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Tackling Scotland's safety challenges

23 January 2013

With its immense breadth of industry and commerce, the case for holding a health & safety event in Scotland is compelling.Neal Stone explains how the seminar programme has been designed with this breadth in mind and looks f

With its immense breadth of industry and commerce, the case for holding a health & safety event in Scotland is compelling.Neal Stone explains how the seminar programme has been designed with this breadth in mind and looks forward to some lively debate

Health & Safety '10 Scotland and its accompanying seminar programme run in partnership with the British Safety Council, has attracted great interest from organisations and individuals involved in the management of workplace health and safety risks, the supply of safety products and systems and health and safety practitioners from Scotland and the North of England too.

The case for holding this exhibition in Scotland was compelling.

The breadth of Scottish industry and commerce is immense. The agriculture, construction, education, financial services, health, onshore and offshore major hazards, public services, retail, and transport and distribution sectors are major employers and vital to the Scottish and UK economy. But some organisations operating in these sectors, including British Safety Council members and award winners in Scotland, provide much more than this. These include Aramark, BSkyB, Dawn Group, Diamond Offshore Drilling, Glasgow Housing Association, MoD, Norec Longannet Power Station and Shell Exploration and Production.

Network of knowledge Working in these sectors are organisations and individuals who between them are at the forefront of showing health and safety at its best. There is a level of knowledge and competence concerning the management of health and safety risks in Scotland that is truly commendable. The health and safety networks which exist in Scotland are key to driving good performance and are indeed the envy of other parts of the United Kingdom.

The Partnership for Health and Safety in Scotland (PHASS) and the Professional Organisations in Occupational Safety And Health in Scotland (POOSH) both have long and impressive track records of promoting health and safety, developing competence and helping to prevent work-related injury and ill health. The health and safety scene in Scotland is vibrant and influential in shaping not only government policy but also regulatory and enforcement practice. The Scottish trade unions, for example, have been at the forefront in major campaigns to prevent workplace fatalities, including in the construction and offshore sectors, and in securing the new corporate manslaughter and corporate homicide laws.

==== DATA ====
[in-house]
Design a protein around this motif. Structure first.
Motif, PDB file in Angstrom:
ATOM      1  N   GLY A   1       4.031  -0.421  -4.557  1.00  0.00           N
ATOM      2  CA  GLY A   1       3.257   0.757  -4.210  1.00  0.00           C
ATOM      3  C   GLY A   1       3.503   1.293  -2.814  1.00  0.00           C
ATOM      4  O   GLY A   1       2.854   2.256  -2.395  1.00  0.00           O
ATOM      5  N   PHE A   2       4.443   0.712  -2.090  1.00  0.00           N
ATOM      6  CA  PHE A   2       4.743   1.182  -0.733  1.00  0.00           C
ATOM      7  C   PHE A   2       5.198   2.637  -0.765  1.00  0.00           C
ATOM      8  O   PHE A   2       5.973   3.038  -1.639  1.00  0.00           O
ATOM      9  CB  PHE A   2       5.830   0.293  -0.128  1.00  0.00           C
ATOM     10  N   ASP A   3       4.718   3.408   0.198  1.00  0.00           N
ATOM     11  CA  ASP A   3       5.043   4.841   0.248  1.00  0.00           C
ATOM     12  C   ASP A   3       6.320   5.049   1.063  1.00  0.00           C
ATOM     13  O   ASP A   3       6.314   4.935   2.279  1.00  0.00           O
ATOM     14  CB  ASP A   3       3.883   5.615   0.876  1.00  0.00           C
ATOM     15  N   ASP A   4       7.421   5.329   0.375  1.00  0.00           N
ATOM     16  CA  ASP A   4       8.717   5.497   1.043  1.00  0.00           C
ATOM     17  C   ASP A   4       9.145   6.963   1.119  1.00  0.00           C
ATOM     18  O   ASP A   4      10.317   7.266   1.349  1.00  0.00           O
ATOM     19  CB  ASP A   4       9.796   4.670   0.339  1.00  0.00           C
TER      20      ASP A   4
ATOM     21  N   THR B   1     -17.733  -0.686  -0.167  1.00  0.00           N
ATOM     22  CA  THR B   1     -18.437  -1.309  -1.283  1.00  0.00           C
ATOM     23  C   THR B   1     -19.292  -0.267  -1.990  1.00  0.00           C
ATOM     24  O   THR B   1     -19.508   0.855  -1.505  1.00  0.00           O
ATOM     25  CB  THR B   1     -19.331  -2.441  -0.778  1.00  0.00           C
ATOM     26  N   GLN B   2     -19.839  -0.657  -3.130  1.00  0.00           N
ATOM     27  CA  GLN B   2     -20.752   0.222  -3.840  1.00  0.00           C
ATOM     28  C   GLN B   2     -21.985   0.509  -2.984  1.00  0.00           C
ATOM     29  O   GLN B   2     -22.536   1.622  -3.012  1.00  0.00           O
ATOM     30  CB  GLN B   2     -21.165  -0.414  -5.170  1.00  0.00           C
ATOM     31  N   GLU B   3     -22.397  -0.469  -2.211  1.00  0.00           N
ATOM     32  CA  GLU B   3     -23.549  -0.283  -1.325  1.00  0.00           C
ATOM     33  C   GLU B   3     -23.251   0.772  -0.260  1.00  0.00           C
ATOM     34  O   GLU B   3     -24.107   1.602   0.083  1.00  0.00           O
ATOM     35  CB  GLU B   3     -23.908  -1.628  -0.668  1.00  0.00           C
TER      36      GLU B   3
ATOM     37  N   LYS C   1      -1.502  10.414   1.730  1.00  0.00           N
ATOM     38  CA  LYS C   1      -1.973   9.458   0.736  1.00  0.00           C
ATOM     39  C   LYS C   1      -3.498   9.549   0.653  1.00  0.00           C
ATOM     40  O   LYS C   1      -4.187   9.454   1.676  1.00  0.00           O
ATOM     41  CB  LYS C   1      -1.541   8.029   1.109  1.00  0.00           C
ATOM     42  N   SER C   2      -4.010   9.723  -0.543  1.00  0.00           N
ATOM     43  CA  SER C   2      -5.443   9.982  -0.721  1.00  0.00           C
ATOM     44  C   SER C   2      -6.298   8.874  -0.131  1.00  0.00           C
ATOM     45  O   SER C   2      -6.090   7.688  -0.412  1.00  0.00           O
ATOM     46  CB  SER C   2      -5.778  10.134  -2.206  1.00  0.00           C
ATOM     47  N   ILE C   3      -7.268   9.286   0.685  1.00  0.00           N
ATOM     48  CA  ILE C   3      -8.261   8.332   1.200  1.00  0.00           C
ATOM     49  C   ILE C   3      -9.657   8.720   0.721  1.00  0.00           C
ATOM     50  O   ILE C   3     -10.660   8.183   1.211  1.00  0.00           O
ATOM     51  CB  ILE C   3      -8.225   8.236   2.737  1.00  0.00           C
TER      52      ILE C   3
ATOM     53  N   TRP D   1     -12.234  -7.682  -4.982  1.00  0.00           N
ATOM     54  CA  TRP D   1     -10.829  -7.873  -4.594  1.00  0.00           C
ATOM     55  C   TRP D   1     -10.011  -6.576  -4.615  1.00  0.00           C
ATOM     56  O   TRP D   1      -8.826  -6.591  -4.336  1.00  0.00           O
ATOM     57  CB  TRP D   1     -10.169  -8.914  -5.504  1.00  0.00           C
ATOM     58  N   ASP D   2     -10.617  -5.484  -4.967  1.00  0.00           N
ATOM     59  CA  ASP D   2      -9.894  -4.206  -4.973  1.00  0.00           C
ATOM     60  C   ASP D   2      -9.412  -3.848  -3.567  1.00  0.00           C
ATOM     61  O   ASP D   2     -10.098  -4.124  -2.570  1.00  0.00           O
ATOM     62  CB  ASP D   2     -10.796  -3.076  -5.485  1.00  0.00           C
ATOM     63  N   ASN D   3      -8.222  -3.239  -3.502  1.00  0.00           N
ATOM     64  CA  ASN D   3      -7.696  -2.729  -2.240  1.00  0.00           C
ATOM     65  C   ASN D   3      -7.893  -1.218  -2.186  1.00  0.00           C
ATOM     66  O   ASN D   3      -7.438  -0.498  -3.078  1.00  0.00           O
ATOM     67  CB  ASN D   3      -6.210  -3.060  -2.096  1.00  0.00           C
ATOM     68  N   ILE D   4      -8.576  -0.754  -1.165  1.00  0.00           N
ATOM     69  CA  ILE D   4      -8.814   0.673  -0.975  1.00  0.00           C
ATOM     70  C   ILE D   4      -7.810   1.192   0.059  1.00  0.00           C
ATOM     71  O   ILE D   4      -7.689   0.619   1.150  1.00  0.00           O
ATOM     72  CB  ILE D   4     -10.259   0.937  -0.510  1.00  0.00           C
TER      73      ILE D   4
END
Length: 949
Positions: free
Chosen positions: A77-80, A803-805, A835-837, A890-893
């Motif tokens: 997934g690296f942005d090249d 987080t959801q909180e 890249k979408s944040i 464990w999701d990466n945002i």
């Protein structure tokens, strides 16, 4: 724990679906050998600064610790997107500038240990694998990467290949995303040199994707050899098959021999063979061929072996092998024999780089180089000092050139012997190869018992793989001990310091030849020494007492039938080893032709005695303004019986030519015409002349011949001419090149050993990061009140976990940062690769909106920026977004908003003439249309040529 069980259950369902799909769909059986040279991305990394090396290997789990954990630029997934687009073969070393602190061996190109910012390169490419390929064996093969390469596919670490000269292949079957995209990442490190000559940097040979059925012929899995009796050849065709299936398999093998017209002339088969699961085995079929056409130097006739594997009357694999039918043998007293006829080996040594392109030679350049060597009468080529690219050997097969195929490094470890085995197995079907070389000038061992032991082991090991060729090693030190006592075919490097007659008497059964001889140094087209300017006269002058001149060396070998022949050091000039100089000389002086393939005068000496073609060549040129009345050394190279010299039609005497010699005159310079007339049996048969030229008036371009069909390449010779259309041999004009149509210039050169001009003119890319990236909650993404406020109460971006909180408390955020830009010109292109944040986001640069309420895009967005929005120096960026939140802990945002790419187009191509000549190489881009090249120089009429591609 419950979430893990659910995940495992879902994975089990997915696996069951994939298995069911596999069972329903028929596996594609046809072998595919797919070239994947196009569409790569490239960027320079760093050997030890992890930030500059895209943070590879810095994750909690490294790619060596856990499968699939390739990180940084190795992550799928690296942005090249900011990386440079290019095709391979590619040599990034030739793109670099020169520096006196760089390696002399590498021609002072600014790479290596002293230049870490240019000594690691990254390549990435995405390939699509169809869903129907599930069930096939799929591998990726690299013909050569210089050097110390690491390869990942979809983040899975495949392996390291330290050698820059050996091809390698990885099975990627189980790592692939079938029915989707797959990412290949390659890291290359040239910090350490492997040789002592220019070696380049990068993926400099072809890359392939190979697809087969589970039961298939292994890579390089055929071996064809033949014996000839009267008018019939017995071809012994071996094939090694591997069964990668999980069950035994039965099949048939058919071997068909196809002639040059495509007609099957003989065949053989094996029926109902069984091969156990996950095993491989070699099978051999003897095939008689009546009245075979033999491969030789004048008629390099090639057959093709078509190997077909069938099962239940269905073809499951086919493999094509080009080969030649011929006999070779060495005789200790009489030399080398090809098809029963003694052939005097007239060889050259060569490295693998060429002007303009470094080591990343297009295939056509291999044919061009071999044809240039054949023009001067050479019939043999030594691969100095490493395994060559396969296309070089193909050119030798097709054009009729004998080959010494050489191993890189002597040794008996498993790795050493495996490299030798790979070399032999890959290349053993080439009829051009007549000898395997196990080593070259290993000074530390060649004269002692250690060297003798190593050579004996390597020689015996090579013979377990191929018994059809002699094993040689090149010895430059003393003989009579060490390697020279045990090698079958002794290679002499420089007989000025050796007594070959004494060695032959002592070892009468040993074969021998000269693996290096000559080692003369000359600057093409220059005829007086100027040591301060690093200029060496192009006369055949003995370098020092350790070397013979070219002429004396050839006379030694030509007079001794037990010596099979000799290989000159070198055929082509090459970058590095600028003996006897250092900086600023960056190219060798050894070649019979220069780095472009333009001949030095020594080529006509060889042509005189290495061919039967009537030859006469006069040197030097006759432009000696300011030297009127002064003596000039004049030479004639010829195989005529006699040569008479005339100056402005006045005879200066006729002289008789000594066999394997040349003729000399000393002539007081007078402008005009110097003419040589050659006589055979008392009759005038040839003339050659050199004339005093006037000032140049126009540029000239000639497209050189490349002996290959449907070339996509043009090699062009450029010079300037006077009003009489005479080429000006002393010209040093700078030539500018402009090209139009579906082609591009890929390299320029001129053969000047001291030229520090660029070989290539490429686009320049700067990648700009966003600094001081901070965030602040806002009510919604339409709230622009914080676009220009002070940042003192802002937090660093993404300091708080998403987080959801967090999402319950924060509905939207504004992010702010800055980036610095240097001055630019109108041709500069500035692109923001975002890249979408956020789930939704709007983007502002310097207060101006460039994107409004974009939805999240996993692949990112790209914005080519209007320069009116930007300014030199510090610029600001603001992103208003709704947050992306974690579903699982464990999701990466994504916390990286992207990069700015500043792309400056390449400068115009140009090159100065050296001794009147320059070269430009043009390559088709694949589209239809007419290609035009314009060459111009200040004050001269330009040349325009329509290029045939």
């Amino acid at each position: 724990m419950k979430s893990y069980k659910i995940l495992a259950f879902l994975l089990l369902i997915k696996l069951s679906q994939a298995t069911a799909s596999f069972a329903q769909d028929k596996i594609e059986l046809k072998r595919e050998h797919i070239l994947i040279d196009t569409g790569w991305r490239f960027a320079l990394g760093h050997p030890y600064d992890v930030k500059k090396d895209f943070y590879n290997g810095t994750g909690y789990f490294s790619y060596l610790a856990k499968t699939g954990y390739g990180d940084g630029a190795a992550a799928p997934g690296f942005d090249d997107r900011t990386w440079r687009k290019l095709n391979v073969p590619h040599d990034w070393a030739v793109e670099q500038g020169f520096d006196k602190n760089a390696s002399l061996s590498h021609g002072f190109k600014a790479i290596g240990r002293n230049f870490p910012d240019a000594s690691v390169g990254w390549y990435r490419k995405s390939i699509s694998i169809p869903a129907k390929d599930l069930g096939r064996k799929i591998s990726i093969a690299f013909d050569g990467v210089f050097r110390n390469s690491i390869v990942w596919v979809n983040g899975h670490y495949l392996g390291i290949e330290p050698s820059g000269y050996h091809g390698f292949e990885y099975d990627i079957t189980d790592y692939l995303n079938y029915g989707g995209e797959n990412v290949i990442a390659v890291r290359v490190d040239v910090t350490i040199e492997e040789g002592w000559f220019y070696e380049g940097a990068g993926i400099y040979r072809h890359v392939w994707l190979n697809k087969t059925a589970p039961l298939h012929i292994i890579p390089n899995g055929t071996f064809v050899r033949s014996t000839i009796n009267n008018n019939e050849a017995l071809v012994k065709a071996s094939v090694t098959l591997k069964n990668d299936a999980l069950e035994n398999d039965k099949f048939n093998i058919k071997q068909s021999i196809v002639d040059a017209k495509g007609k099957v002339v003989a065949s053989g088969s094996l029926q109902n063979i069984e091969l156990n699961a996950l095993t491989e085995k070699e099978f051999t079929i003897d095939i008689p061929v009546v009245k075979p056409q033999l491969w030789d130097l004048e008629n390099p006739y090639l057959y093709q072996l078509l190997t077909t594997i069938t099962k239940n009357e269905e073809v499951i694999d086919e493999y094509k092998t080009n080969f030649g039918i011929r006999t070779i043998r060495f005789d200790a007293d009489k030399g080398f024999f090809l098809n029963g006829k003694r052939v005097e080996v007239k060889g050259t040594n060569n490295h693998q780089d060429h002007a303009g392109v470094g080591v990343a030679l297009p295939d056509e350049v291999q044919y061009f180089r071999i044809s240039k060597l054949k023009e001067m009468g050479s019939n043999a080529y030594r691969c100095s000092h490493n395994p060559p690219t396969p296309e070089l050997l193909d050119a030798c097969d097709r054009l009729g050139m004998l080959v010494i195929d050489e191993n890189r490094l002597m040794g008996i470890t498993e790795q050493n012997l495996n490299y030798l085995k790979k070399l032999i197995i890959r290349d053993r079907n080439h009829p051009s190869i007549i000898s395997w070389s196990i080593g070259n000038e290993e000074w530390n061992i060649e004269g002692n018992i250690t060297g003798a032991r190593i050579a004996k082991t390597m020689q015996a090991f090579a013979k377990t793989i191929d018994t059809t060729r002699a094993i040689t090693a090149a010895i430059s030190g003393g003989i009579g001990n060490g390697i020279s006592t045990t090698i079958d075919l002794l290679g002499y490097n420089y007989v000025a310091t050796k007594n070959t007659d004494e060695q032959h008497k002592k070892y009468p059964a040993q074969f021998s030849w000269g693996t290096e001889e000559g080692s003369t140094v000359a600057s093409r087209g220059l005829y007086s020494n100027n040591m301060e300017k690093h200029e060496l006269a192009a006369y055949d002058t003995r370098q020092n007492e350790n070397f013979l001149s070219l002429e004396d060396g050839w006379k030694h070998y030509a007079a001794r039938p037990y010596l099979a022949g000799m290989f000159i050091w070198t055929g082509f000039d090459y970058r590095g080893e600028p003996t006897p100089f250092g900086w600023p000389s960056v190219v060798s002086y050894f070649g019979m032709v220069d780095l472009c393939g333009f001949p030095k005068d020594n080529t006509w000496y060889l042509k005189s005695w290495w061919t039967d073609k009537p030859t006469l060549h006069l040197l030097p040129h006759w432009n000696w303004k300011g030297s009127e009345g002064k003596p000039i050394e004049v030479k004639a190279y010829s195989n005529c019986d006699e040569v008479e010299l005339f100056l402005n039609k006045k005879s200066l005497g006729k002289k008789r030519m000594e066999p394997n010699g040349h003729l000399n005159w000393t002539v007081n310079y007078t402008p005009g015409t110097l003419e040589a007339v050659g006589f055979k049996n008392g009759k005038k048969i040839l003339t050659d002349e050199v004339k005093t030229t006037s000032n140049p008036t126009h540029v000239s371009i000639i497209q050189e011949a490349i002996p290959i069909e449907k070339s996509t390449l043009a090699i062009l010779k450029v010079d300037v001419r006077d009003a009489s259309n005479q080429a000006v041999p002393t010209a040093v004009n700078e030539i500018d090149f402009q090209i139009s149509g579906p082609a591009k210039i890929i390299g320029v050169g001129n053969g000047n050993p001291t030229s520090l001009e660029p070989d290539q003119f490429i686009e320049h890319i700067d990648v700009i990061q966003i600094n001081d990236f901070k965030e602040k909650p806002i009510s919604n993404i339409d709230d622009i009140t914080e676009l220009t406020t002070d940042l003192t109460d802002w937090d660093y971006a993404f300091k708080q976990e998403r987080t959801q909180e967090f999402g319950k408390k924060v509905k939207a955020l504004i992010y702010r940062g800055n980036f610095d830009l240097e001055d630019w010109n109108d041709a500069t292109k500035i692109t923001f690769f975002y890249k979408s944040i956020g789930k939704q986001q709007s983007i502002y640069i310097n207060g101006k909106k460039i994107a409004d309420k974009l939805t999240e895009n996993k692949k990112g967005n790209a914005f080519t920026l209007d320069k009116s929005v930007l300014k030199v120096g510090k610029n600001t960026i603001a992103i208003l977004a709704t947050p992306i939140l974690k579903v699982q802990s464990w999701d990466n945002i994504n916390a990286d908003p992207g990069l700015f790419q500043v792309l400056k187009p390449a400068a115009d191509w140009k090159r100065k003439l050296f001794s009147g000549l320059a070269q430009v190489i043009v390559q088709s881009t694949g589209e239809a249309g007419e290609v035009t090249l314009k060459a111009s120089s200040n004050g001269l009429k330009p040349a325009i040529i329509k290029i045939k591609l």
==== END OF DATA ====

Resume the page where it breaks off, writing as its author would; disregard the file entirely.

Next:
However the task of preventing injury and ill health in Scottish workplaces has to remain the top priority. Statistics recently published by the HSE revealed that 23 workers were killed at work in Scotland in 2009/10, down slightly on 26 fatal injuries in 2008/09. But this is only part of the picture. There were in 2008/09 2,666 reported major injuries and 8,841 overthree day injuries to workers in Scotland. HSE estimated that 3.1 million working days were lost in Scotland in 2008/09 as the result of work-related injuries and ill health.

Tough approach The consequences of incompetent and irresponsible health and safety management can be tragic, costly and damaging. Five recently reported cases highlight the tougher approach being adopted by the courts, including Sheriff courts in Scotland, to breaches of health and safety law which result in death. In these cases, fines averaging £50,000 were imposed on five employers operating in the agricultural, construction, housing, local authority and security sectors. All of these deaths could have easily been prevented had risks been properly assessed and reasonable safety precautions been put in place.

The issues and speakers for the eight educational seminars at the Scotland Exhibition have been selected with these cases in mind. The British Safety Council was determined the seminars should address major health and safety issues facing employers and workers in Scotland. We wanted to make sure those attending have the opportunity to hear from the regulator - HSE, from key players drawn from business and trade unions shaping and leading PHASS's work, leading health and safety professionals actively involved in building competence and encouraging best practice, and lawyers directly involved in health and safety prosecutions.

The speakers won't shy away from some of the difficult and complex health and safety issues Scottish employers and workers are facing including, for example the impact of reduced resources on HSE and local authorities ability to effectively enforce; the likely implications of Lord Young's review; the vital importance of director responsibility and leadership and workforce involvement; and key legal developments. We are looking forward to some very lively sessions with plenty of challenging questions from the audience.

Neal Stone is head of policy and public affairs at the British Safety Council